And whilst overdoing it at the weekend might not have the same impact on your digestive system as overdoing it at a buffet, it will leave you more tired come Sunday than desired – and that spells for productivity disaster for the week ahead of you.

Don’t religiously plan or exhaust yourself by trying to do eeeeeverything. Make a note of 4/5 key plans or activities you want to do, and stick to it.

You might want to spend more time at that museum, or have a couple more drinks with your friend later – and you don’t want to feel tied down by an itinerary.

Anything else you have left over? If it’s not time-sensitive you can always leave it for next weekend now that mornings are your friend. Missed that? It’s time to revisit #2. 


You’ve done some great things this weekend and you want everyone to know about them. After all “if it isn’t on Instagram, did it really happen?”

But the weekend is a time to chill out from constant emailing, phone calls, WhatsApp notifications, and the eternal ‘sorry for the slow reply!’ message, which is making itself firmly comfortable in your sent box. 

The weekend, while posing the perfect opportunity to catch up with everyone you might have missed throughout the busy working week, is actually some time you can use to detox. 

So next time you’re up early, first thing on a Sunday (and silently resenting your body clock for it), get up, go out. Go for a run, write that piece you’ve been meaning to for ages, visit that gallery while it’s relatively quiet, visit your Gran. Anything. Just take a few moments to leave your attention-seeking smartphone in your bag for a little while. You’ll feel recharged and more relaxed in no time.


Time flies when you’re having fun/drinking 2-for-1 cocktails, and have ticked off all the key and most important things you wanted to do this weekend. You’re not only being proactive, you’re being productive.

But now the time is running away with itself, in the interest of excitement, and the line of time between enjoying the rest of your weekend and the “Sunday night blues” is so incredibly faint it can be hard to prepare for.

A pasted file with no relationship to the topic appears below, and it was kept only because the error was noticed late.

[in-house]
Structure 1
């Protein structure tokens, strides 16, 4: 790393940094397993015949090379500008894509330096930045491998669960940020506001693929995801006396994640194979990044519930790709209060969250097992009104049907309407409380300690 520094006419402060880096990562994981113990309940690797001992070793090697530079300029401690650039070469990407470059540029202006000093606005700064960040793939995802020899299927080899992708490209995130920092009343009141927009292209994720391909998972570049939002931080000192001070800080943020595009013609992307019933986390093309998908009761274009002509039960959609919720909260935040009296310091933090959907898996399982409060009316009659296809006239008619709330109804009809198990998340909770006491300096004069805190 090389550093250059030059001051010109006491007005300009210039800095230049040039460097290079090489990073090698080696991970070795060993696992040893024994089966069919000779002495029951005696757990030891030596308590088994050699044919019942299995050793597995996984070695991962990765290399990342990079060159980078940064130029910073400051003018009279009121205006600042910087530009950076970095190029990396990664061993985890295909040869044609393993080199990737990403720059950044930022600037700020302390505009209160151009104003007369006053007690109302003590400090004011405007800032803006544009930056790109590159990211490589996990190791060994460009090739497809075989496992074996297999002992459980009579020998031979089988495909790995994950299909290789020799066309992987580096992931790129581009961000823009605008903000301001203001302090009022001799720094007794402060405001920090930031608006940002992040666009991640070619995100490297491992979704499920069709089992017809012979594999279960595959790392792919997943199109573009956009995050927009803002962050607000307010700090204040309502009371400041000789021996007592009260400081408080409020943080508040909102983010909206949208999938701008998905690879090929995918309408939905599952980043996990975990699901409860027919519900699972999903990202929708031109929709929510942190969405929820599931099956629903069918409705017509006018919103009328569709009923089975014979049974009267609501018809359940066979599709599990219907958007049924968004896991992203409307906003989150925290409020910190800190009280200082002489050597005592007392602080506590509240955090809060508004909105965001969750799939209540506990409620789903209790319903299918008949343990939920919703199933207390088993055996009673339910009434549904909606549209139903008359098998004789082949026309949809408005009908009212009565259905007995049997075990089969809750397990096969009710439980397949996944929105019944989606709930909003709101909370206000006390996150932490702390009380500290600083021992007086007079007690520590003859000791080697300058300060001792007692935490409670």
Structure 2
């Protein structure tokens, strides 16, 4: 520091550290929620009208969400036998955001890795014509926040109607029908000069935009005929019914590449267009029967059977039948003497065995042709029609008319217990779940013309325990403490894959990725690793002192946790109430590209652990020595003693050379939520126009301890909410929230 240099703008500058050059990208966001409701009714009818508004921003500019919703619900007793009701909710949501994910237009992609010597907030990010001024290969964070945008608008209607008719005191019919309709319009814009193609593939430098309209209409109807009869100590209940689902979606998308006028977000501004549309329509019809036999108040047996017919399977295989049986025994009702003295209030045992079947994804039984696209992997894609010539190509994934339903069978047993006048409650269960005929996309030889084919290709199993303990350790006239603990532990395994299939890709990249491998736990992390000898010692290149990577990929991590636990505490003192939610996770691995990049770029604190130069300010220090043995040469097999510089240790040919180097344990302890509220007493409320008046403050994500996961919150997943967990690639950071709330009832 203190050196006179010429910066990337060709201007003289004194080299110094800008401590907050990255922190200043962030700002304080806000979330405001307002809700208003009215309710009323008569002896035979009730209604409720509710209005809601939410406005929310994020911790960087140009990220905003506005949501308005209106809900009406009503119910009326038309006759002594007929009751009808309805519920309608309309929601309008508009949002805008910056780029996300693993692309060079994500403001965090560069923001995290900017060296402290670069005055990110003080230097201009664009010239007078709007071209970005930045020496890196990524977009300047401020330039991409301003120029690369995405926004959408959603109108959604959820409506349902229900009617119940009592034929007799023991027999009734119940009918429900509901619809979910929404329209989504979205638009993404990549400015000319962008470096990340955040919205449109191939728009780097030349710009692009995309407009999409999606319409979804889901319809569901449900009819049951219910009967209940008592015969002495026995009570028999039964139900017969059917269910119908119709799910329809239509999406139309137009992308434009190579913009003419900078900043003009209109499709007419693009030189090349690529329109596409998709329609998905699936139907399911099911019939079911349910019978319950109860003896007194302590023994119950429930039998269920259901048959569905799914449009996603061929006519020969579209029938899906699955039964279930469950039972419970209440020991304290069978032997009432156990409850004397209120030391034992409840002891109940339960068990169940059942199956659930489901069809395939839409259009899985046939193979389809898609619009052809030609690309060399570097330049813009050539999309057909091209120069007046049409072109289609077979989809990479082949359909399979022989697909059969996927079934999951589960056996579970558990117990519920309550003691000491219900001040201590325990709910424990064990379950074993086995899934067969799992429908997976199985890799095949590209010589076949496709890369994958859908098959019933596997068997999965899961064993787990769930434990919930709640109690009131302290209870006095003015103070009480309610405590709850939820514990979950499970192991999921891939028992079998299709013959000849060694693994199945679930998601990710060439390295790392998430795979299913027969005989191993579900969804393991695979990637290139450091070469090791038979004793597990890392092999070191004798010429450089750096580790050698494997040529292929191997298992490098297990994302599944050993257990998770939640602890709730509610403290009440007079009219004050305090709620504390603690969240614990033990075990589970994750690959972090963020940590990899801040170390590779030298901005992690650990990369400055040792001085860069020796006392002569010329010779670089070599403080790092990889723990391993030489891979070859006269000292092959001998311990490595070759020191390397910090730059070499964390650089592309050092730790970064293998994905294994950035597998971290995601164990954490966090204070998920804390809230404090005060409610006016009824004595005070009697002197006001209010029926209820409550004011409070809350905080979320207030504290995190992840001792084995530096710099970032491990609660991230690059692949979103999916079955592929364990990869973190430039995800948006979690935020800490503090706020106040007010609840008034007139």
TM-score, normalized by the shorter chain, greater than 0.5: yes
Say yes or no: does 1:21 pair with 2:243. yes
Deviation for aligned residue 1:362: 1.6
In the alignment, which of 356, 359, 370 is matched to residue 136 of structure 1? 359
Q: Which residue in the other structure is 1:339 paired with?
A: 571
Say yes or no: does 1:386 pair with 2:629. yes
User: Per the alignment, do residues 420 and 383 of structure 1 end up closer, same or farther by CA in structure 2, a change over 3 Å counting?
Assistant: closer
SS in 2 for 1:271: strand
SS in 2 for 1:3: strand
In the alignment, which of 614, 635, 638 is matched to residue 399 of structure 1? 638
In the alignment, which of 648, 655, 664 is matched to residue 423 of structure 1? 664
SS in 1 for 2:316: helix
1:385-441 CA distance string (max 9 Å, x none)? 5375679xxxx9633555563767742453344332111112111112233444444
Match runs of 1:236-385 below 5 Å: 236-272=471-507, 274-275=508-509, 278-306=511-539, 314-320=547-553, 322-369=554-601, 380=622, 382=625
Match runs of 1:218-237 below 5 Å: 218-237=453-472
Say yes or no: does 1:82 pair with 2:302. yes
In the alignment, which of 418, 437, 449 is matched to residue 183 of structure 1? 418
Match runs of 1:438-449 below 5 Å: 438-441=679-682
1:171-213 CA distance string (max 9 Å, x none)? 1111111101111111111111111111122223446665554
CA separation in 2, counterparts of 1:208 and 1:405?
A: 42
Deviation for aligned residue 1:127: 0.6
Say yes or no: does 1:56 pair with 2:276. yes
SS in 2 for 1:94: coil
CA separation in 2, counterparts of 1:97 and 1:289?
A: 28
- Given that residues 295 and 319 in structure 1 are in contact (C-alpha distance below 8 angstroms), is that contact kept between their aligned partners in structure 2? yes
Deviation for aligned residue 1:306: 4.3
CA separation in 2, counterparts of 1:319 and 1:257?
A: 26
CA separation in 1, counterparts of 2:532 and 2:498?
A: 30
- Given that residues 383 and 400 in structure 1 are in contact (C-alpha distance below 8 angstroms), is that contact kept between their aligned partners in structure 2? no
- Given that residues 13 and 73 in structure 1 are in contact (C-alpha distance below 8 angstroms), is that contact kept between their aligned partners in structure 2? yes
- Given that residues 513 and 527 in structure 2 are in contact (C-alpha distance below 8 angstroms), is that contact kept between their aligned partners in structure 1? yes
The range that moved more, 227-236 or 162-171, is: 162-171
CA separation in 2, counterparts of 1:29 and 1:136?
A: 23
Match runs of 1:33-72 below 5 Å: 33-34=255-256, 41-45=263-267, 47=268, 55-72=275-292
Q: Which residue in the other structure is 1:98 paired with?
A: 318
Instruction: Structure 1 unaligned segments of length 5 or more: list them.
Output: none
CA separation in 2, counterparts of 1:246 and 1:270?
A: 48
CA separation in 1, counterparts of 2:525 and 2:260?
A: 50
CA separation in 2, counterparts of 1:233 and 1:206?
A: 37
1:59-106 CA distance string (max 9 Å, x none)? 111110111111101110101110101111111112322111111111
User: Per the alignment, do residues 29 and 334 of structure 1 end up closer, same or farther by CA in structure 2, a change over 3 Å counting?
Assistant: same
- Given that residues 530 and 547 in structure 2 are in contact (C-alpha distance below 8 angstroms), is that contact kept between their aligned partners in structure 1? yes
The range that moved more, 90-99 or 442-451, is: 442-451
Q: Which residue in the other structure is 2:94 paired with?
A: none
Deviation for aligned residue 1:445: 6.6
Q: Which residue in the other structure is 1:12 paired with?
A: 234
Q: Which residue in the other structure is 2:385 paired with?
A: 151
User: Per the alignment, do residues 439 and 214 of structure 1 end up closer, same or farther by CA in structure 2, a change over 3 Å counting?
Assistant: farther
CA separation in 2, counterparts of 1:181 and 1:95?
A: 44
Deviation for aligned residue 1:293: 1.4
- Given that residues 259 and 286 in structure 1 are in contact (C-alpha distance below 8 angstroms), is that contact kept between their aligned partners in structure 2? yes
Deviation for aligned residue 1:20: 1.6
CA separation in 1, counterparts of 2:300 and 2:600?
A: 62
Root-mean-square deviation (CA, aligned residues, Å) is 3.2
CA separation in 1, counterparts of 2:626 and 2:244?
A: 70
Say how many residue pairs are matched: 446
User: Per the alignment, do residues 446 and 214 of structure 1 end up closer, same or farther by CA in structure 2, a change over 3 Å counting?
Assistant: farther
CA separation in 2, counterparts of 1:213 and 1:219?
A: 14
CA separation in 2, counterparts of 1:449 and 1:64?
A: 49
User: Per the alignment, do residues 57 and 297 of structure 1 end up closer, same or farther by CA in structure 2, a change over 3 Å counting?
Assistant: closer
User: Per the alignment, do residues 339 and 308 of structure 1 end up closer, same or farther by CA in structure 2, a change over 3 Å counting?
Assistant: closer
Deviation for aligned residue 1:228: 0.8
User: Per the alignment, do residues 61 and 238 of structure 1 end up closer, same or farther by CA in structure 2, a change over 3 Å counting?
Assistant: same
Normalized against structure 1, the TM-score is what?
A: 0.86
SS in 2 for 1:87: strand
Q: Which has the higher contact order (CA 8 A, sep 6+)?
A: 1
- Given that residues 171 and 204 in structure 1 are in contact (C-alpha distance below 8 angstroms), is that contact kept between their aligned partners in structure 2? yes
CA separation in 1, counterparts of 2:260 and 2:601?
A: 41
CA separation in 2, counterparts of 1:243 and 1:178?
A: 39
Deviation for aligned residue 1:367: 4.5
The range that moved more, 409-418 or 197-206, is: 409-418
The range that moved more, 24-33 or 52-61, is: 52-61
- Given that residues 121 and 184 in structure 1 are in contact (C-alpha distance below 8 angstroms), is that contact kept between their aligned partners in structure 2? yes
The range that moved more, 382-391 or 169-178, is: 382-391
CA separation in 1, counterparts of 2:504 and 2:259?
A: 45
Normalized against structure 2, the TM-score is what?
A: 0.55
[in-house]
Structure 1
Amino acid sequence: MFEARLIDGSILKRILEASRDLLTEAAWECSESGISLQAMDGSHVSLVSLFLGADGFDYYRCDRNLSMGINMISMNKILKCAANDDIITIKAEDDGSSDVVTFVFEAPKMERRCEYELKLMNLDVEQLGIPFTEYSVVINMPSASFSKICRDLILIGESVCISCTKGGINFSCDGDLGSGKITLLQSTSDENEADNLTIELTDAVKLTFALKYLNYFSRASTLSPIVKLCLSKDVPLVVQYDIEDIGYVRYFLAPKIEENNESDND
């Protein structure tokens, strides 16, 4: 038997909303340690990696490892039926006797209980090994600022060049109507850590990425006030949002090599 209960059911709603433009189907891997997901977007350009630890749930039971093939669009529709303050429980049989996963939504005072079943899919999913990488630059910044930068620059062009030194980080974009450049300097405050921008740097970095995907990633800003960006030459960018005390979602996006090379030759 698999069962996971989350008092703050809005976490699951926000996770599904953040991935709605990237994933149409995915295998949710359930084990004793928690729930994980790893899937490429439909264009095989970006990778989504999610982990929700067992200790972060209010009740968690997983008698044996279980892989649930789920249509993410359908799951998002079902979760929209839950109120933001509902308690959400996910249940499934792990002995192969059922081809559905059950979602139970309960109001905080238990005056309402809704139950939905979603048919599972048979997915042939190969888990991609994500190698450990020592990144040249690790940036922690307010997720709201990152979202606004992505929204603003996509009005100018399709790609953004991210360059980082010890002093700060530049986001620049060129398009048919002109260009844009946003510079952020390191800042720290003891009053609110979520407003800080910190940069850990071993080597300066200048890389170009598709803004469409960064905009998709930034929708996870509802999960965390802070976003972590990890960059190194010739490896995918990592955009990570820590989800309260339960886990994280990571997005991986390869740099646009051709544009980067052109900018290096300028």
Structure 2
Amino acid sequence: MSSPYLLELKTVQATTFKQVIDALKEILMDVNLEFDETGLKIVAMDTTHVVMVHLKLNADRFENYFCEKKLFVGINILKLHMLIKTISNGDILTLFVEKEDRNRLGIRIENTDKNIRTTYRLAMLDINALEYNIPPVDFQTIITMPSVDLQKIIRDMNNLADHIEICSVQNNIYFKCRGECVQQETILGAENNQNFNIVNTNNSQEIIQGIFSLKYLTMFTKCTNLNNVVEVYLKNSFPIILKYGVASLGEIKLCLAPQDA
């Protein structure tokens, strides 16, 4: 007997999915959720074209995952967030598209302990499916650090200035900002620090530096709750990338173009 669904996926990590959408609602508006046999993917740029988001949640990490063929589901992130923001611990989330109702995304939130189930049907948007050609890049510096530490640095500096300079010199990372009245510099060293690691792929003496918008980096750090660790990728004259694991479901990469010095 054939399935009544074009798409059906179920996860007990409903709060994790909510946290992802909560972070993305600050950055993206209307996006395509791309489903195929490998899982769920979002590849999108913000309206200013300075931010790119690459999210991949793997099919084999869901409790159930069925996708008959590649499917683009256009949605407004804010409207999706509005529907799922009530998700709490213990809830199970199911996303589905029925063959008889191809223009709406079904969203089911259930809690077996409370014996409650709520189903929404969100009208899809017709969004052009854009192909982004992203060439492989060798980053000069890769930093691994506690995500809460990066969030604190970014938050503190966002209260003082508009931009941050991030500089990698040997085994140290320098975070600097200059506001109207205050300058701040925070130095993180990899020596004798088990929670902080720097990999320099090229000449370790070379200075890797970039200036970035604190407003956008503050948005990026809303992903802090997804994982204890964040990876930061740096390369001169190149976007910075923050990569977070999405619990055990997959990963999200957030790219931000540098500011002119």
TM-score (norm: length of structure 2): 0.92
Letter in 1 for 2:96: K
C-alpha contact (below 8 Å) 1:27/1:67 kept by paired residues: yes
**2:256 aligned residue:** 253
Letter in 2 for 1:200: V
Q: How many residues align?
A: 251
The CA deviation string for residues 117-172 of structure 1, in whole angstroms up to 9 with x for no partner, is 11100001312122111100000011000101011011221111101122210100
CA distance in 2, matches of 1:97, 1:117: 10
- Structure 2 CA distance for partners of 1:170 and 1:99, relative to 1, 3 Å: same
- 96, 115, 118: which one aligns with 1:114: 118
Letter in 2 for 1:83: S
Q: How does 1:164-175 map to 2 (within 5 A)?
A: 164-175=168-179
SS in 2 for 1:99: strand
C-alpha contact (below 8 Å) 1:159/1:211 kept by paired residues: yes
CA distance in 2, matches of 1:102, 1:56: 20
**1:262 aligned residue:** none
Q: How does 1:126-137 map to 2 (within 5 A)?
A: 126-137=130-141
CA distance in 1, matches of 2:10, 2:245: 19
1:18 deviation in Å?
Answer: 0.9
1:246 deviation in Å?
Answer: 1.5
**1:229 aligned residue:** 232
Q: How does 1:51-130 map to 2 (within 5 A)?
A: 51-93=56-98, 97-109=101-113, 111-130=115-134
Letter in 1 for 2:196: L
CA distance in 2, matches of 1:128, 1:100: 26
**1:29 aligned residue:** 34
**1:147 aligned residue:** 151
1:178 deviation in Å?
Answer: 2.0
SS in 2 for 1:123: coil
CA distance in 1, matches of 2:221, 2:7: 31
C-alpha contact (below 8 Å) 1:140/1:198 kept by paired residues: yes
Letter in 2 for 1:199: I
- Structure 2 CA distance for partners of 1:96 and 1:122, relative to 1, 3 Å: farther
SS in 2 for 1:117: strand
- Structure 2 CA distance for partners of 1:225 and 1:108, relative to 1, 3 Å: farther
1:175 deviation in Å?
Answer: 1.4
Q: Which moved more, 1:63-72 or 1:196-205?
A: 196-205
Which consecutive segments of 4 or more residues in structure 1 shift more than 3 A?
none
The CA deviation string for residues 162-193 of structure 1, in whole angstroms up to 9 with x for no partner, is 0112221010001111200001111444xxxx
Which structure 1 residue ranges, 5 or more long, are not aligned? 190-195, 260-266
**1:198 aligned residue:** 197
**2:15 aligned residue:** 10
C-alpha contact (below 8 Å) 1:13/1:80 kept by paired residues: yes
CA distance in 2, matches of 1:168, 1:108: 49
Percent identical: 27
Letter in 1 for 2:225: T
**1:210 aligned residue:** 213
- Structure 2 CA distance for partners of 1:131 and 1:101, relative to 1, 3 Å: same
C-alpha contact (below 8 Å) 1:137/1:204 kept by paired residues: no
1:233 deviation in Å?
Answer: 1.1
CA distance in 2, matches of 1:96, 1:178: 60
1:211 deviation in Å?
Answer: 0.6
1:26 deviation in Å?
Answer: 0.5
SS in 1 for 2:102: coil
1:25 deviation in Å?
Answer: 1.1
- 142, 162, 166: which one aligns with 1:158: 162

But try to remember this. Your Sunday is still your Sunday. Whether it’s 10 am or 10 pm, these are the sacred hours where it is not Monday YET. And these hours are not to be frittered away.

Schedule something in for Sunday evening. Whether it’s a long soak accompanied by your favourite Spotify playlist, that film you and your friend have been dying to see in the cinema, that book gathering dust on your bedside table, or a class that will tire you out physically, distract you from the impending end of the weekend AND help relax and tire you out before you fall into bed.

It’s time to make the most of your Sunday evening. After all, it only wants to make you happy and protect you from its older sibling, Monday for that little bit longer. 


How do you ensure you're productive when it comes to this weekend? Which of these tips did you find the most helpful?

Clare Dyckhoff


Clare Dyckhoff is a content marketer, travel writer, and poet living in London. Eternally plagued by wanting to do too much all the time, she loves the power of a well-crafted list. With a thirst for all things travel, education, music, and mental health related, you can find Clare blogging for Huffington Post or tweeting about what makes her happy at @cdyckhoff.